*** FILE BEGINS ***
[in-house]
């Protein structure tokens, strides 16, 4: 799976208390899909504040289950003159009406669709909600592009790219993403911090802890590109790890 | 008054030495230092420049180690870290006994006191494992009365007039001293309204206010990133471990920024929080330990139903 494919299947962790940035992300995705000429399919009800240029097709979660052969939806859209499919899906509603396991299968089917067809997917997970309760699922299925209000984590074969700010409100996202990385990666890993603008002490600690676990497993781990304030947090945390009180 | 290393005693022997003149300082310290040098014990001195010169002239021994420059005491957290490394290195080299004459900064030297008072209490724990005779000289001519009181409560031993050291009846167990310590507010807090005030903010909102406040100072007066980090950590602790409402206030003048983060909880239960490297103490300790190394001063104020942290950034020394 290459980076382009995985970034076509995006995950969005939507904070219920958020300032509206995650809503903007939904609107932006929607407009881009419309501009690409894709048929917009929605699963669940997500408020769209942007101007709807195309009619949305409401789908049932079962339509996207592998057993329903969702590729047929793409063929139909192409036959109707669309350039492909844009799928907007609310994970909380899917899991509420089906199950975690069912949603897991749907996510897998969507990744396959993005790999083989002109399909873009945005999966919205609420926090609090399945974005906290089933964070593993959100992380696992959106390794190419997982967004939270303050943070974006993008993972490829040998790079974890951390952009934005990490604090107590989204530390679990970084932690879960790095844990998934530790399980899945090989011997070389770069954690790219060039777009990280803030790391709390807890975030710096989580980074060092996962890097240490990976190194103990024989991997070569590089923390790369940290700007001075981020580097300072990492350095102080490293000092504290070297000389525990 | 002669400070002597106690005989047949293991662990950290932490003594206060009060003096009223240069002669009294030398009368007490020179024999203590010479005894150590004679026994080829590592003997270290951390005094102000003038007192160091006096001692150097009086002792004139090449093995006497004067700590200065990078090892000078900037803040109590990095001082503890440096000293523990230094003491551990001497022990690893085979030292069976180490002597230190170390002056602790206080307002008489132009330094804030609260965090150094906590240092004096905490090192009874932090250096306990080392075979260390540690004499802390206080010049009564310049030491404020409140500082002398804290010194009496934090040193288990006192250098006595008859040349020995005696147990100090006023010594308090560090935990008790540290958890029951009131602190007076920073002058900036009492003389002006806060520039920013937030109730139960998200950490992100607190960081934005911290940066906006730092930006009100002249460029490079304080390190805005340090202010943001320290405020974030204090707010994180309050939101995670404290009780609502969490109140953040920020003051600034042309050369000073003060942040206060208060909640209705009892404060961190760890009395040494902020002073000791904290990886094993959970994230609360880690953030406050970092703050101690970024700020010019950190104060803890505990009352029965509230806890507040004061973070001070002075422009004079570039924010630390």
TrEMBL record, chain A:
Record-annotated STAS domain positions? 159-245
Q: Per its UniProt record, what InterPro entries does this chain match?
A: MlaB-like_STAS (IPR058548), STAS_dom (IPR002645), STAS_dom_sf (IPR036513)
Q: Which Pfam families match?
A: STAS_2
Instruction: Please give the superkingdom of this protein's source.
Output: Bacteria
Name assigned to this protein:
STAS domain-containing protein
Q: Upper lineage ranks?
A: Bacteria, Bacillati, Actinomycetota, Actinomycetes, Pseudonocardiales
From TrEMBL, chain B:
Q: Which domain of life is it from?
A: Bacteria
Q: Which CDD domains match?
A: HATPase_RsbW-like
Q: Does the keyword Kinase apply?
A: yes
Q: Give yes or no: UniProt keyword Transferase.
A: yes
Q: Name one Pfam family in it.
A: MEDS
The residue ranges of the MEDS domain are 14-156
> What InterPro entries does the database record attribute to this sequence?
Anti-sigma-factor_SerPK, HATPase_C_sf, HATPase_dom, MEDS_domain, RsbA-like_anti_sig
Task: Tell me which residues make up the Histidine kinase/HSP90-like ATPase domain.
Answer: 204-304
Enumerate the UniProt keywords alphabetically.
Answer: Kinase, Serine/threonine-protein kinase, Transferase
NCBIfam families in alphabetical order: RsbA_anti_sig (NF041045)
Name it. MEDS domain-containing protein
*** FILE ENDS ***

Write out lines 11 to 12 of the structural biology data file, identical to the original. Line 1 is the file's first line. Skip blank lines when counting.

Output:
Name assigned to this protein:
STAS domain-containing protein